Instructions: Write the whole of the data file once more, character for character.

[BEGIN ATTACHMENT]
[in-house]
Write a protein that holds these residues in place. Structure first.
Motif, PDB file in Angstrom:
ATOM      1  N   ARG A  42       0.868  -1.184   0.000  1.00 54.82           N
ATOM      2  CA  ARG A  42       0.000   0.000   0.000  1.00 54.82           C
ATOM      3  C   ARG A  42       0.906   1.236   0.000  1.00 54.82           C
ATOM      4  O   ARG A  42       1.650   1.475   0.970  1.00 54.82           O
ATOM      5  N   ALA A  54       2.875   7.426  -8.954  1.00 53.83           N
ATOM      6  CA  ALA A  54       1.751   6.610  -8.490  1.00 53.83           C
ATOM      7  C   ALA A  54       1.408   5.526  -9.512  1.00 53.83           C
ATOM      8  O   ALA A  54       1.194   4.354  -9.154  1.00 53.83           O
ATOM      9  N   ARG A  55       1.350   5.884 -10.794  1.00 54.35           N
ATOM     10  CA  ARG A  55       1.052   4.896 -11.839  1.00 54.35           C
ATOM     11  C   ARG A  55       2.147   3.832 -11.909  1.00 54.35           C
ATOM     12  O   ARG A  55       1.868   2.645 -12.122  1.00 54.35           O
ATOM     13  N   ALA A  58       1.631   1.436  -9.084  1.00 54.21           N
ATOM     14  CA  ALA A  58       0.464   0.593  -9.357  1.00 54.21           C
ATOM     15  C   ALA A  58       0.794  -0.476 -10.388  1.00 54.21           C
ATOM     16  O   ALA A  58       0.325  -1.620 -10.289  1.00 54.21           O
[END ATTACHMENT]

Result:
[in-house]
Write a protein that holds these residues in place. Structure first.
Motif, PDB file in Angstrom:
ATOM      1  N   ARG A  42       0.868  -1.184   0.000  1.00 54.82           N
ATOM      2  CA  ARG A  42       0.000   0.000   0.000  1.00 54.82           C
ATOM      3  C   ARG A  42       0.906   1.236   0.000  1.00 54.82           C
ATOM      4  O   ARG A  42       1.650   1.475   0.970  1.00 54.82           O
ATOM      5  N   ALA A  54       2.875   7.426  -8.954  1.00 53.83           N
ATOM      6  CA  ALA A  54       1.751   6.610  -8.490  1.00 53.83           C
ATOM      7  C   ALA A  54       1.408   5.526  -9.512  1.00 53.83           C
ATOM      8  O   ALA A  54       1.194   4.354  -9.154  1.00 53.83           O
ATOM      9  N   ARG A  55       1.350   5.884 -10.794  1.00 54.35           N
ATOM     10  CA  ARG A  55       1.052   4.896 -11.839  1.00 54.35           C
ATOM     11  C   ARG A  55       2.147   3.832 -11.909  1.00 54.35           C
ATOM     12  O   ARG A  55       1.868   2.645 -12.122  1.00 54.35           O
ATOM     13  N   ALA A  58       1.631   1.436  -9.084  1.00 54.21           N
ATOM     14  CA  ALA A  58       0.464   0.593  -9.357  1.00 54.21           C
ATOM     15  C   ALA A  58       0.794  -0.476 -10.388  1.00 54.21           C
ATOM     16  O   ALA A  58       0.325  -1.620 -10.289  1.00 54.21           O